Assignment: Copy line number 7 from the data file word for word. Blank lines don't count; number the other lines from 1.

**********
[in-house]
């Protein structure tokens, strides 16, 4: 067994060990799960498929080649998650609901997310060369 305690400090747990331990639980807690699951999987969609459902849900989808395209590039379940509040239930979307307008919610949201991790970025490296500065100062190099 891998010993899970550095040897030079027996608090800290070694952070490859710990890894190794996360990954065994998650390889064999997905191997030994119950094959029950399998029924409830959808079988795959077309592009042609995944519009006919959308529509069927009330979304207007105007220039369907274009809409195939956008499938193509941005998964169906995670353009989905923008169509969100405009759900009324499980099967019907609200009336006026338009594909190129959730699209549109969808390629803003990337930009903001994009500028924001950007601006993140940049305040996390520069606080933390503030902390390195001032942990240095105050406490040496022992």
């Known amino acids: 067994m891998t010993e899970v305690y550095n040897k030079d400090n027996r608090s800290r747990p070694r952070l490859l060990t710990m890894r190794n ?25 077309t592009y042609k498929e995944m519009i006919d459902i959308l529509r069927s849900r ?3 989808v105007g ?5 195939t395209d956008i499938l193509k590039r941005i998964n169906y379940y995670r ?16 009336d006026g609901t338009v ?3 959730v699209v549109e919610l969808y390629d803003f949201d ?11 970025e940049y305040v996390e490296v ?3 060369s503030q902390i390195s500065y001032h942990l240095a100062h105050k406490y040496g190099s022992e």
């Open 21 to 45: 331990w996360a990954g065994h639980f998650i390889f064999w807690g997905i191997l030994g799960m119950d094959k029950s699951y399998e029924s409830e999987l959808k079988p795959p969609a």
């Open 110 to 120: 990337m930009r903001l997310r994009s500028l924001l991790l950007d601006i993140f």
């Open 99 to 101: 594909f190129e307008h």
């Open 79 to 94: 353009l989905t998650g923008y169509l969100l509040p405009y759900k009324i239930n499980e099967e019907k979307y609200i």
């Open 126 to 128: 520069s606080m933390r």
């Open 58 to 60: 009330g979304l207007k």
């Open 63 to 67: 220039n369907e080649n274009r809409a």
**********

């Open 79 to 94: 353009l989905t998650g923008y169509l969100l509040p405009y759900k009324i239930n499980e099967e019907k979307y609200i």